Disclaimer: I was fortunate to have my race slot sponsored by SPH Magazines (and many thanks to JustRunLah! for liasing). In return, here’s a review of the race experience! Enjoy 🙂 If it gets too unexciting, do look out for the font in italics which I feel are probably fundamental aspects of a race.
Race Pack Collection
Race Entry Pack Collection (REPC) was held on the 4-6 March 2016, from 11am-7pm daily. I dropped by on a Saturday afternoon. No queues at that time, in fact, REPC was rather quiet. Slightly disappointingly, there were no sponsors’ booths to browse (compared to just a week ago, during the REPC for the Green Corridor Run 2016).
The Race Precinct
I do love races in which access by public transport is possible and thankfully, this was one of them. The Race Village was held at Kallang Practice Track. With flag-off to begin from 7.30am onwards, this meant that I could access the venue in time via MRT 🙂
There were minimal queues for the portable restrooms (and since the race venue was Kallang Practice Track, there were proper restrooms available as well, possibly distributing the participant load), though baggage deposit took a little longer (about 10mins – I started queueing at 6.45am).
Just after 7.00am, the race pen opened. I had queued up about 5-6m from the front – which I thought would get me into the first wave. Much to my surprise, only a few handfuls of runners (maybe around 40) were let through, after which a division was made to separate subsequent runners into the next wave. I didn’t make it into the second wave either, but thankfully got into the third wave. Later waves equated to potentially longer queues at the obstacles and quite certainly more sun exposure!:O I noted some of the potential podium finishers (Gurkhas) did not make it into the first wave. However, with some negotiation and explanation, I’m glad race officials allowed them to join the first wave.
The first wave was flagged off promptly at 7.30am, thereafter the second wave shifted into position and were then flagged off as the clock hit 0:03:00. As I was in the third wave, I was flagged off as the clock struck 0:06:00.
The race route was a rather complicated one, quite suited for an Urbanathlon I suppose. It would take participants around the National Stadium, before progressing along Tanjong Rhu, then up the Benjamin Sheares bridge via some flights of stairs. Thereafter, it continues around Marina Bay Sands, Esplanade and the Singapore Flyer, before proceeding towards Nicoll Highway. That’s not the end yet, but just in case you’re like me and can’t quite visualise my explanation, it’s probably best explained with the route map below.
Spanning a total race distance of 14km, it would take participants through 9 obstacles. Here they are! As I’ve figured, a picture paints a thousand words.
For complete coverage of all the obstacles (in essence, my entire race journey), you may view my personal blog here. Instead, I shall attempt an analysis of a few obstacles, particularly those I suspect posed more challenges (or anything else of interest to me). Before that however, I would just like to mention there were adequate hydration stations (5 well-distributed stations serving both plain water and isotonic hydration) and distance markers were placed every 1km (:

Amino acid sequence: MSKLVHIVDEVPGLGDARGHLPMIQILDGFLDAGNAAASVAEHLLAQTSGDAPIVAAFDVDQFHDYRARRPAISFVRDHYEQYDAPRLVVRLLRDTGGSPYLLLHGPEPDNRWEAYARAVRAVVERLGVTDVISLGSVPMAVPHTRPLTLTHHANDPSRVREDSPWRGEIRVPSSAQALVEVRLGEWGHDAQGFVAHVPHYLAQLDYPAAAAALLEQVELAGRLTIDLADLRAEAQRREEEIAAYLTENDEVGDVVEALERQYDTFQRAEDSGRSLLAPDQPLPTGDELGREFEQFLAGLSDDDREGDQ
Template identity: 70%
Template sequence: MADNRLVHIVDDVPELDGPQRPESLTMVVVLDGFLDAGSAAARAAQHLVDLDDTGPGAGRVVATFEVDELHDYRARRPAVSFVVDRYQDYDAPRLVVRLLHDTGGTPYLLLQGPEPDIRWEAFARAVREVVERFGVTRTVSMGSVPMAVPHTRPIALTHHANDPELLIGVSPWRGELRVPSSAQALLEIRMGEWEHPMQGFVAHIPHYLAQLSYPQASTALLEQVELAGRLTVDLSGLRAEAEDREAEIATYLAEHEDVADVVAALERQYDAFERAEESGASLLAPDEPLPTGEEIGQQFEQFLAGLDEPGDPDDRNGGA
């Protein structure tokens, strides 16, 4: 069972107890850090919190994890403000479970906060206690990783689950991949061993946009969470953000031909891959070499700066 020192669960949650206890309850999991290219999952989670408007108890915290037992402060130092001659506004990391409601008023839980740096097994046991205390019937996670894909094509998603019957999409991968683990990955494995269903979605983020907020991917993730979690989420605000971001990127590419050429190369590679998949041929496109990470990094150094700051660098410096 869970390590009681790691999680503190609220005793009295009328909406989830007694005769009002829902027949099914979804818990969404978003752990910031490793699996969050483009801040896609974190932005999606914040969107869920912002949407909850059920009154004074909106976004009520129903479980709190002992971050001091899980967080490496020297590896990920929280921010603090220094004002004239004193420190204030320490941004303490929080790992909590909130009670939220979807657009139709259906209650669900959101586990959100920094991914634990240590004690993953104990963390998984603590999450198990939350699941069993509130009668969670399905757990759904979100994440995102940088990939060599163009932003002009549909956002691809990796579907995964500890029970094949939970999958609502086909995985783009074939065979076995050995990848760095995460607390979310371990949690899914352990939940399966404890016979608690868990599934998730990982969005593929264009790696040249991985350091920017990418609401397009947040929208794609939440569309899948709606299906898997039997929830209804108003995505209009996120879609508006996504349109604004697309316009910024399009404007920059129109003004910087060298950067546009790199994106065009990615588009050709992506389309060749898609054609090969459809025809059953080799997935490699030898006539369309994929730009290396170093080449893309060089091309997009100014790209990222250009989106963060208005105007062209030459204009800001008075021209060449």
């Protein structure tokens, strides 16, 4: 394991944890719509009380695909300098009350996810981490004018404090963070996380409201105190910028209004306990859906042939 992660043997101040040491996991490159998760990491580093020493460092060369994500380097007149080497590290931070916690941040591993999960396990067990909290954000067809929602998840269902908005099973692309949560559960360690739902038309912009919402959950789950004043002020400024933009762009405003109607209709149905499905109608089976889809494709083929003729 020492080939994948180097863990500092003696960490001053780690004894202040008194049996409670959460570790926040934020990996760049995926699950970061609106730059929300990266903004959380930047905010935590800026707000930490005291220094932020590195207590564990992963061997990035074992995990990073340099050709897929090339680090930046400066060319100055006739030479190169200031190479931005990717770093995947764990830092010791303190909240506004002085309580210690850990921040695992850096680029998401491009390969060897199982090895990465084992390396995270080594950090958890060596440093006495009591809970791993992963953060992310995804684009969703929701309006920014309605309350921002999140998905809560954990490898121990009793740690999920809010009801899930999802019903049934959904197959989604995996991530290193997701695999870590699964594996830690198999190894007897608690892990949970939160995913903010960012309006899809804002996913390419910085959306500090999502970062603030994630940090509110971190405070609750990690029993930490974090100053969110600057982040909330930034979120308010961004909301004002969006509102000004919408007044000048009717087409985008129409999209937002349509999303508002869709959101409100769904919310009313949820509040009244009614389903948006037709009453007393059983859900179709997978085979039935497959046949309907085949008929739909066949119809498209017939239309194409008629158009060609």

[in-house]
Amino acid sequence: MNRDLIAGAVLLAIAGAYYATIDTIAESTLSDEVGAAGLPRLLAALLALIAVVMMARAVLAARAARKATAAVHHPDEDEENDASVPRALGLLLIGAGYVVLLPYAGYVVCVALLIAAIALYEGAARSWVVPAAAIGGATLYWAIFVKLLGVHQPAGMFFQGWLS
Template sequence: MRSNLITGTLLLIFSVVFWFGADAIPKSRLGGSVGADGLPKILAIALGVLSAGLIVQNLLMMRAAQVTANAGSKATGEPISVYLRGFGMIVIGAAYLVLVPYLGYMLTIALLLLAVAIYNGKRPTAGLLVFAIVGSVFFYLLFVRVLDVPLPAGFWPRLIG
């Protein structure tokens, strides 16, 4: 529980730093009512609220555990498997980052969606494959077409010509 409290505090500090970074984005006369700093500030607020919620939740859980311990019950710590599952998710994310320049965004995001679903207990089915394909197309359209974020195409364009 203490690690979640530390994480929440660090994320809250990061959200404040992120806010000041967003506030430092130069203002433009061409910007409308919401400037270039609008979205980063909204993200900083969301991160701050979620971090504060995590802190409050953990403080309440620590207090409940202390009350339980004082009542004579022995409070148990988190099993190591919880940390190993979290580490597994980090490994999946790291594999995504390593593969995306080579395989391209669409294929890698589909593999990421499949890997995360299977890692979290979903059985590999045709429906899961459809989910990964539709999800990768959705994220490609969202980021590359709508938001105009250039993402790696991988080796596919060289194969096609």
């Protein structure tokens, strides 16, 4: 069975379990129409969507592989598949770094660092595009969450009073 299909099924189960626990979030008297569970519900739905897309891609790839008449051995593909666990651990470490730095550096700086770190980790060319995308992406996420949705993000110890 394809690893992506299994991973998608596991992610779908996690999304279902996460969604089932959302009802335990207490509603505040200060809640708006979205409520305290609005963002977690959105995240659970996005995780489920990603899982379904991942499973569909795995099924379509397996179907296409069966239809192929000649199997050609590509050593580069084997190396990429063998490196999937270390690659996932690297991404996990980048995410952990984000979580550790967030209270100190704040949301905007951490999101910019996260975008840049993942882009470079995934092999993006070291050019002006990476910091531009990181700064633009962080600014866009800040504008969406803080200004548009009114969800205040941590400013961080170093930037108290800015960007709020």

Obstacle 1: Barrier Breakers. Though participants ought to be fresh this early into the race, I noted that some participants had a little more trouble negotiating the 3rd wall (the steepest of them all), particularly those who aren’t vertically inclined (admittedly I’m not that tall myself), who may lack upper body strength or who have awfully slippery shoes. Nonetheless, there were many kind souls around to provide assistance 🙂
Obstacle 3: Swinging Fortunes. Sweaty palms = slipping fortunes.
Obstacle 5: Lift ‘N’ Load. The only reason why I mention this is because though stated in the race guide that the sand bags weigh 20kg, I’m certain that was drastically inaccurate (completely filled jerry cans also weigh 20kg – and I know there’s a big difference). Thankfully, the difference was that they were lighter than the stated weight, making this less challenging than anticipated.
Obstacle 8: Metcon Madness. This is the crossfit station that was previously publicised and trust me, it’s challenging to perform the tasks this late into the race. The first two stations of this obstacle are body-weight related (box jumps, lunge jumps); however the next three involve lifting fixed weights. For those who are as light as a feather, they’re lifting a decent proportion of their body weight. The number of reps adds to the burning sensation
Final Obstacle. Strangely MHU doesn’t seem to have named this obstacle. I’d have suggested something like “The Finale” or “The Plunge” instead of “Final Obstacle” (as written in the race guide). I found this really enjoyable! I was on the verge of a calve cramps while climbing the netting while upside down, but the refreshing plunge into the inflated pool of water was a brilliant reward. Probably as long as you aren’t taking the plunge after a thousand have already done so (do they change the water?).
There were numerous race activities participants could engage in after completing the race and collecting their Finisher’s Medal and Finisher’s Tee. Drinks and snacks were available, along with sponsors booths (Adidas, TigerAir, Scoot) and even a Lab Series Shower Area (not to mention one could shower in the Kallang Practice Track changing rooms as well). Compared to some races where there are limited activities to engage in after one’s had a gruelling race, the Men’s Health Urbanathlon 2016 certainly had little lacking.
With that, I conclude my review. Hope it was informative and engaging. Feel free to comment if you’d like anything else covered (bearing in mind I try my best to write a holistic, objective review here). You may also check out my personal blog here 🙂
Cover photo credit: MHU’s Race Guide.